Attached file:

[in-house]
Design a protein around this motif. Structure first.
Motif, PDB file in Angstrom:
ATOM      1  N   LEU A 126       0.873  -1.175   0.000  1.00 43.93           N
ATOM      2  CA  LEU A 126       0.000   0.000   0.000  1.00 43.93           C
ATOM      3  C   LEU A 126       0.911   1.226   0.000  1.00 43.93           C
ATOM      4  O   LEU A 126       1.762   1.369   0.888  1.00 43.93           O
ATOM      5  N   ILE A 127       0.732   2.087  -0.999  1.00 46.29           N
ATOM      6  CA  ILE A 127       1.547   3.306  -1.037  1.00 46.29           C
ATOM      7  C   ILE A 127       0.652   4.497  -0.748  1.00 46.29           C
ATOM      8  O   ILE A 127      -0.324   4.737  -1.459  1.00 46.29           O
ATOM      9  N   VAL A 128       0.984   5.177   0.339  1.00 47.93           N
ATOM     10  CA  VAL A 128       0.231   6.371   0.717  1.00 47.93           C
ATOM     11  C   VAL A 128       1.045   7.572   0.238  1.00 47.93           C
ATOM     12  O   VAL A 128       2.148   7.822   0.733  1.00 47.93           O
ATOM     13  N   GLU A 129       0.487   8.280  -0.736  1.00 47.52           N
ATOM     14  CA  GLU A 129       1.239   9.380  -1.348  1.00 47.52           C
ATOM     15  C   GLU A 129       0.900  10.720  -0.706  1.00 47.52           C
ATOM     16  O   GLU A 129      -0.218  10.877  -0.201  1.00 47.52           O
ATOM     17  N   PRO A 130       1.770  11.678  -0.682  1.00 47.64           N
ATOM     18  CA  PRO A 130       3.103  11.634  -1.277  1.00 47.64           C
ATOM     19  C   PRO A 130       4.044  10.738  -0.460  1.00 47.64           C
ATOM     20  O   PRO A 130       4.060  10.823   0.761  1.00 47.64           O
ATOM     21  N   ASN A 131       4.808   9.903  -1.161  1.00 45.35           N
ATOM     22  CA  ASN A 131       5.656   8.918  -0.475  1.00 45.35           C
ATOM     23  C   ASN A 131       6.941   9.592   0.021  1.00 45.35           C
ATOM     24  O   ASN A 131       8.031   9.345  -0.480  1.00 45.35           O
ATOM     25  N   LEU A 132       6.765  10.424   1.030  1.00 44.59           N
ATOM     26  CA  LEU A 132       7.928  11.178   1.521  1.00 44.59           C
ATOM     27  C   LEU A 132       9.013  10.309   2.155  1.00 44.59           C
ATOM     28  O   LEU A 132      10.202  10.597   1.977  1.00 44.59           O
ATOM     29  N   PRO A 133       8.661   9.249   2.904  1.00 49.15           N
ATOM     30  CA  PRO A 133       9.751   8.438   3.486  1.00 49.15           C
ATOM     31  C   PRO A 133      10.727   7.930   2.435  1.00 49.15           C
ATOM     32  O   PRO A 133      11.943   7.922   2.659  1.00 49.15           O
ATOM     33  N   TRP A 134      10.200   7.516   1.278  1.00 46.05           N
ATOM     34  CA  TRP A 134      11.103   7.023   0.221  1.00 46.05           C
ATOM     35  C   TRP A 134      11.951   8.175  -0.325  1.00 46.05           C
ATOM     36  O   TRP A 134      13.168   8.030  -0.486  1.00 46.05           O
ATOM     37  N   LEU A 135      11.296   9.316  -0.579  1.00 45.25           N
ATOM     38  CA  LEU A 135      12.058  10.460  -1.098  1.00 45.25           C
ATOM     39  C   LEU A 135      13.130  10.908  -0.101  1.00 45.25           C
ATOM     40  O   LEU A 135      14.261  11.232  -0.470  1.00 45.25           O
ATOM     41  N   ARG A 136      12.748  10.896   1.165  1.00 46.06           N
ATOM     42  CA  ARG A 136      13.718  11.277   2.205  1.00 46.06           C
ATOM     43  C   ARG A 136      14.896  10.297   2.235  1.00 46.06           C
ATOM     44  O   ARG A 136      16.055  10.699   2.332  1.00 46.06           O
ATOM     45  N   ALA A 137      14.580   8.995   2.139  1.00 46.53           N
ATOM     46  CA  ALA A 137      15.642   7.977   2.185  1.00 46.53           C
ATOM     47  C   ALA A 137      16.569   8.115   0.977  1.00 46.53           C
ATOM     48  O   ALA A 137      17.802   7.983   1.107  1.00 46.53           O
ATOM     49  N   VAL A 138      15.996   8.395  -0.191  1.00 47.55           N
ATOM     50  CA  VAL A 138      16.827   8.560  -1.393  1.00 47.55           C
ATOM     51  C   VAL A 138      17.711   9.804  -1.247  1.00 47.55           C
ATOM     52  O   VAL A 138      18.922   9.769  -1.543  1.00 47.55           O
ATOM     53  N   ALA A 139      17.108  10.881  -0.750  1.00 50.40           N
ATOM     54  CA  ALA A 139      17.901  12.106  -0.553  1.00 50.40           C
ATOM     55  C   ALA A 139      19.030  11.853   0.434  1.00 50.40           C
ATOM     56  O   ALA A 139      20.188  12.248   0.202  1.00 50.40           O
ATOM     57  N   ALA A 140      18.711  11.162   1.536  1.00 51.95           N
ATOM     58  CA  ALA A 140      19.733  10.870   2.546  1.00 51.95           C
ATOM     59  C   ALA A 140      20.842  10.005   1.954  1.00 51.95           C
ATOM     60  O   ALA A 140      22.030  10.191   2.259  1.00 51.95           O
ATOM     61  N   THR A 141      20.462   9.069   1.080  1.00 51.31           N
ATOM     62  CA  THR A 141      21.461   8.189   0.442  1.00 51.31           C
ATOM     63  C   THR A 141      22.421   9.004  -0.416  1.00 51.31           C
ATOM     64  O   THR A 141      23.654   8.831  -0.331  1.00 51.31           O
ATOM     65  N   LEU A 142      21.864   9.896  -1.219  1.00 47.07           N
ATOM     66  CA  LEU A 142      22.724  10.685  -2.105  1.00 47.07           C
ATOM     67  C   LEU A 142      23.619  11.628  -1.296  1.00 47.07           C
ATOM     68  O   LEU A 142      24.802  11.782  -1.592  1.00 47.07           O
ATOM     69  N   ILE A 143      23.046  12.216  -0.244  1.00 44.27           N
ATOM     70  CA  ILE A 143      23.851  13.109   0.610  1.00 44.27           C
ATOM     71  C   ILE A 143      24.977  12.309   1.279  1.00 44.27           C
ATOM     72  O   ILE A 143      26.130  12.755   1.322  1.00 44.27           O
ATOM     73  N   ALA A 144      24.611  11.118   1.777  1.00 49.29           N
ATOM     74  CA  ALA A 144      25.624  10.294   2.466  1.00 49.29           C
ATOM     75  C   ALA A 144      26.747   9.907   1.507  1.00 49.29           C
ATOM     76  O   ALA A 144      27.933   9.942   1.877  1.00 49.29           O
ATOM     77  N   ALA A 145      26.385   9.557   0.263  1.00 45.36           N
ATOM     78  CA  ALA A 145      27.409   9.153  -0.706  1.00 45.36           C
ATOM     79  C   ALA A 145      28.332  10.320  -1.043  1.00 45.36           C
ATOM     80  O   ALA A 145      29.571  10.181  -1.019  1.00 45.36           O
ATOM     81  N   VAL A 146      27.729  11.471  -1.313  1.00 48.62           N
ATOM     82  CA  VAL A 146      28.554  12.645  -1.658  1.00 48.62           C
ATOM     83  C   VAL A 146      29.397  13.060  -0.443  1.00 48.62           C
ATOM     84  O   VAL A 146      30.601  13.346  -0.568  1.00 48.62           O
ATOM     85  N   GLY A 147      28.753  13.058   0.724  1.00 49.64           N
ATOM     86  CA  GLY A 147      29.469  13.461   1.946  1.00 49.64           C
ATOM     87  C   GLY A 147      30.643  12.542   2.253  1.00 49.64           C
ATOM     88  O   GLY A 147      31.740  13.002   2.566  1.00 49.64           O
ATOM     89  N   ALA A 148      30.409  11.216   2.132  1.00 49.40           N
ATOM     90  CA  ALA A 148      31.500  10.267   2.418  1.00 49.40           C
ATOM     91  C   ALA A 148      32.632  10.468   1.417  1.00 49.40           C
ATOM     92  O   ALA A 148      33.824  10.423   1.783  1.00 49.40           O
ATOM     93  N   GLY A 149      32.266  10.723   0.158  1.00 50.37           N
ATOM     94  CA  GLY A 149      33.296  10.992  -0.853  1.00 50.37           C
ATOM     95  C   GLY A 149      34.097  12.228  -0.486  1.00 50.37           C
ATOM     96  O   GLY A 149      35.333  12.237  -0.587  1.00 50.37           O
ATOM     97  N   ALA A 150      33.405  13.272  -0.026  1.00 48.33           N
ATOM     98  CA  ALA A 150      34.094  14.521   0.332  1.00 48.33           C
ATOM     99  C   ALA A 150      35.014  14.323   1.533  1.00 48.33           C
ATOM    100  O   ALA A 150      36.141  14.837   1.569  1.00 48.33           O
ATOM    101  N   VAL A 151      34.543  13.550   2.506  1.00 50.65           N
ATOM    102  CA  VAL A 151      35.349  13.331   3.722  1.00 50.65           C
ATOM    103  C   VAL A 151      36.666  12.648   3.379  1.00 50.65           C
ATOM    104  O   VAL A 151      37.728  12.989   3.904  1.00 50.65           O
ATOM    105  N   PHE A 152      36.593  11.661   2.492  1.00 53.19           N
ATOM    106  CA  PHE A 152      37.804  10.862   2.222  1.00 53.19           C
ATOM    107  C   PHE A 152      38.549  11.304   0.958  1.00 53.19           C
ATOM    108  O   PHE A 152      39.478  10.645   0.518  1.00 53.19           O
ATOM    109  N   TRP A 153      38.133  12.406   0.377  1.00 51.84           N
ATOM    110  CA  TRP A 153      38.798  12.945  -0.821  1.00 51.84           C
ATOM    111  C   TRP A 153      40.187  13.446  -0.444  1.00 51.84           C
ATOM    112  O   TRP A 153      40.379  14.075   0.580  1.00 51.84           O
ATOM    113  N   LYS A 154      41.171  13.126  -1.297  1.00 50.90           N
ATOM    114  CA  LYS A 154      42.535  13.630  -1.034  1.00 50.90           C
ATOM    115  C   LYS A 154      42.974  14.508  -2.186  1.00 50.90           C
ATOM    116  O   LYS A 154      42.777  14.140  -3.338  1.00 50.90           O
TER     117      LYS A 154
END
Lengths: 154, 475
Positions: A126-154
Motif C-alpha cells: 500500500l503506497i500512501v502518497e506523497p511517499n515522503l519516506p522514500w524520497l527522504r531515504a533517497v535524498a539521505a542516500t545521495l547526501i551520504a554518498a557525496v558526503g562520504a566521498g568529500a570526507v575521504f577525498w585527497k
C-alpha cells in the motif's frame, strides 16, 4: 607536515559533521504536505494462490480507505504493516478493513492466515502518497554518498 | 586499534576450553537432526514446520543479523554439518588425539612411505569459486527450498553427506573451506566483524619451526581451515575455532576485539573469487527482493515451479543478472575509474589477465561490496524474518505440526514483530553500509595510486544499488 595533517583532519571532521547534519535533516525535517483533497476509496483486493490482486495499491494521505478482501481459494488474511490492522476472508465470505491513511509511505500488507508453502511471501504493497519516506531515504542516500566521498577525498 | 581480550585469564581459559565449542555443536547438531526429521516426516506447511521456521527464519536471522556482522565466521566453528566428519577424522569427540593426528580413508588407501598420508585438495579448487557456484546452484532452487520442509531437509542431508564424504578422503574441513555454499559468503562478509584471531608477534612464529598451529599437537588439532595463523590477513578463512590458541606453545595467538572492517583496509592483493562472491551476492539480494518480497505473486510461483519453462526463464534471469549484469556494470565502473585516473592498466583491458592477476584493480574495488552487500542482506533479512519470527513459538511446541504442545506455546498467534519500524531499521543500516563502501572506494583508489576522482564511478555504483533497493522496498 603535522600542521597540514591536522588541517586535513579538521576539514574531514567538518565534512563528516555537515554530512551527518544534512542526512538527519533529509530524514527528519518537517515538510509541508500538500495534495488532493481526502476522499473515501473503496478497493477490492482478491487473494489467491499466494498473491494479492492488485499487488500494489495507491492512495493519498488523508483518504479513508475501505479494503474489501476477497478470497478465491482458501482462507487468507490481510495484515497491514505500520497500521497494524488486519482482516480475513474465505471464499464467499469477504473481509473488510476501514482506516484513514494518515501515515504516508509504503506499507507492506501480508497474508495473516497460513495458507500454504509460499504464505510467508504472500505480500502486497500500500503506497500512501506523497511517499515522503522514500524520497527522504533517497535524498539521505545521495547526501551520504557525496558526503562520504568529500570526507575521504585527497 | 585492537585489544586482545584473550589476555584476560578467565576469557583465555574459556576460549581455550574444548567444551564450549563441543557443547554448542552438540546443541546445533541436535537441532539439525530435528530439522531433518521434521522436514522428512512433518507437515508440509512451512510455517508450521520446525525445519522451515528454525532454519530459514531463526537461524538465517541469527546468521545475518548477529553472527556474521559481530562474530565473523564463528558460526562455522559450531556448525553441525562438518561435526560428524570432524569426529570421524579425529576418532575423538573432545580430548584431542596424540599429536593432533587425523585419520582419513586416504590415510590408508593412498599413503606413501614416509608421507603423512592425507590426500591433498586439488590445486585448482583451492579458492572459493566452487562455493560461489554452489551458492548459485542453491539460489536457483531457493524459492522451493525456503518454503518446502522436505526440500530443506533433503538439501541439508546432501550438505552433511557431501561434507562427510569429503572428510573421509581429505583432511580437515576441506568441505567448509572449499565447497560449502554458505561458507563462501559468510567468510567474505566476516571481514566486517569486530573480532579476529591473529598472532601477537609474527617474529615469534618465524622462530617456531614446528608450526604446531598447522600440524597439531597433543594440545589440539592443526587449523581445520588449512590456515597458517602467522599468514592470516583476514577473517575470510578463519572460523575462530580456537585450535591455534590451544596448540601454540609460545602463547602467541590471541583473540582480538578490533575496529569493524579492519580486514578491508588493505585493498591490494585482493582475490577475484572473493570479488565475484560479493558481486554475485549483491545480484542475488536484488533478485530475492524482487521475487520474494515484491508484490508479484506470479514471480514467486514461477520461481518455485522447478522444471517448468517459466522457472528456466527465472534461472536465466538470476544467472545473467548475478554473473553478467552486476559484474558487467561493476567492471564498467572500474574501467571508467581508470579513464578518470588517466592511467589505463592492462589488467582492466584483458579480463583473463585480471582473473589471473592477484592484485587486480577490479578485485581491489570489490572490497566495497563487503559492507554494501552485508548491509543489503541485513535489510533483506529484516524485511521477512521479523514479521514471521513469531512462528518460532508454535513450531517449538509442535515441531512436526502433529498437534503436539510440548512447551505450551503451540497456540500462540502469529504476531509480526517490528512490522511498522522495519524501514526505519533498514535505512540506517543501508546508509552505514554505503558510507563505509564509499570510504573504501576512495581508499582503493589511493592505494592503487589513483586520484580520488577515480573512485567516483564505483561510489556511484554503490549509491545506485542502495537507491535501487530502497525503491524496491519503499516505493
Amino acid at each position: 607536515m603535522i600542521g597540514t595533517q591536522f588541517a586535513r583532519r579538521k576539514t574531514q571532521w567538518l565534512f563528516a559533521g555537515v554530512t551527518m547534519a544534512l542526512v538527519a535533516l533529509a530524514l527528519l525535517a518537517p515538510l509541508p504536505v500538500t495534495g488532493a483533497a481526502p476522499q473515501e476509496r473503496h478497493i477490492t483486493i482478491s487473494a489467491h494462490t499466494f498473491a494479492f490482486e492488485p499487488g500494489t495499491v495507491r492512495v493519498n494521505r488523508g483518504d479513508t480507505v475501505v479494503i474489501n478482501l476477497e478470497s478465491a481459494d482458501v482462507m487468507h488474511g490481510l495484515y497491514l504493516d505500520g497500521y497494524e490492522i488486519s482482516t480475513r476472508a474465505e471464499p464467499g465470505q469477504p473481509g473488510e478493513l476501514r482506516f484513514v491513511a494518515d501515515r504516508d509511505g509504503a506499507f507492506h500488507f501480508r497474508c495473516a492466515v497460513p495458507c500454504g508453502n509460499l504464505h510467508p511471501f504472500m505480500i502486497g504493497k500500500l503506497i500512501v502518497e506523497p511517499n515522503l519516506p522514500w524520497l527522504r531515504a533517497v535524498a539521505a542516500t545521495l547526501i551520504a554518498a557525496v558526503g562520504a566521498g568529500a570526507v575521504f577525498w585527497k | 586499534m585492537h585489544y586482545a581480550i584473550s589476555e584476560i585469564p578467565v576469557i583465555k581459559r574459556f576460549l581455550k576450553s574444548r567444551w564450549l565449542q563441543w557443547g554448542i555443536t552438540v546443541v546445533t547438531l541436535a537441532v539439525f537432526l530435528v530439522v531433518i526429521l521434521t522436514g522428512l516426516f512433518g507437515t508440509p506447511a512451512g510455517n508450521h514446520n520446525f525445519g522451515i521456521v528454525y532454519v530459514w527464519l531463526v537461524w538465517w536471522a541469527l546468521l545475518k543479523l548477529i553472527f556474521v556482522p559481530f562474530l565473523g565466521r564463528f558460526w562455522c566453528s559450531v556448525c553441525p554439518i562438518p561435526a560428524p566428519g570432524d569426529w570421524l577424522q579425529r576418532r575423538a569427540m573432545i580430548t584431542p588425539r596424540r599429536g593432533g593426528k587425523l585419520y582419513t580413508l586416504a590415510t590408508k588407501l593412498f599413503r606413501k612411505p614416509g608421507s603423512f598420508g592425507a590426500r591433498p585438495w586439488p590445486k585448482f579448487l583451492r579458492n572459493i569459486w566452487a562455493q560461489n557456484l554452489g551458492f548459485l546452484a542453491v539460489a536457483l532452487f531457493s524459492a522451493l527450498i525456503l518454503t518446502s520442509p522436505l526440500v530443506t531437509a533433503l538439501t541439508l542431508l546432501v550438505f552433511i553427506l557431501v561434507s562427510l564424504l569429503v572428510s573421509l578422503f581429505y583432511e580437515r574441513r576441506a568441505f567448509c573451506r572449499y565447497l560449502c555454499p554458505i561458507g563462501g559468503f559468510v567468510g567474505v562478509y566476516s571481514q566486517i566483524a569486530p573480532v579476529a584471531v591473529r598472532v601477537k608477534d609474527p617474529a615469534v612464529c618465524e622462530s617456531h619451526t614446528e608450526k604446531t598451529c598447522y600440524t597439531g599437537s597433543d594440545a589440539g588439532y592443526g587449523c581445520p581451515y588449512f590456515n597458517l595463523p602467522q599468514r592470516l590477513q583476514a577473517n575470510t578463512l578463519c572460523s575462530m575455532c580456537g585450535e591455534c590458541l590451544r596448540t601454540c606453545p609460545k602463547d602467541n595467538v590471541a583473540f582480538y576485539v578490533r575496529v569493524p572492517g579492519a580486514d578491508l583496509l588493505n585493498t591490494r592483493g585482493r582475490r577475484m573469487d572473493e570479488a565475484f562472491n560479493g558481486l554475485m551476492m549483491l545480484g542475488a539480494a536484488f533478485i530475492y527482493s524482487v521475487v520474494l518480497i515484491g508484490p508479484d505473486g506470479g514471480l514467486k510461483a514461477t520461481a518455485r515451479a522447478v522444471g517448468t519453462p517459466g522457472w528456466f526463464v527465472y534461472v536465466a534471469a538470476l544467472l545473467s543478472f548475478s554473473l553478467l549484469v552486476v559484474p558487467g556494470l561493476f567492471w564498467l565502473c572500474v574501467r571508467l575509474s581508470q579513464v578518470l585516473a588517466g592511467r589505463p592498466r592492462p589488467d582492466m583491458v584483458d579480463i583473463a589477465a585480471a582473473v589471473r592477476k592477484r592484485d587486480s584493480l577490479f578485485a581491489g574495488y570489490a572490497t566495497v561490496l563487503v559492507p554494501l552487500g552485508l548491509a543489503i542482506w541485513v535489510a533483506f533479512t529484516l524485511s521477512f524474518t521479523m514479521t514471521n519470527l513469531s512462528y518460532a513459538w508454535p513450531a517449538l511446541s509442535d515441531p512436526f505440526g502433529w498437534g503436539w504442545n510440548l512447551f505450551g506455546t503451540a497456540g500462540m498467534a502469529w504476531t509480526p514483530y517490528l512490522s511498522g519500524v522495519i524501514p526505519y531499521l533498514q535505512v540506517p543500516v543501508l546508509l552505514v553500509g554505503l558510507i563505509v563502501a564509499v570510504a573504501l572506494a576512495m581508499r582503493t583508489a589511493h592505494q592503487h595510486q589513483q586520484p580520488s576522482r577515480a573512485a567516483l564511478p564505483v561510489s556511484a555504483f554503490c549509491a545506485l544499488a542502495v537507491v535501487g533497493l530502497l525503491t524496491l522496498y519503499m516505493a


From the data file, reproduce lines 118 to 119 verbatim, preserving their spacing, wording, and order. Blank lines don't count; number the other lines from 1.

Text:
ATOM    115  C   LYS A 154      42.974  14.508  -2.186  1.00 50.90           C
ATOM    116  O   LYS A 154      42.777  14.140  -3.338  1.00 50.90           O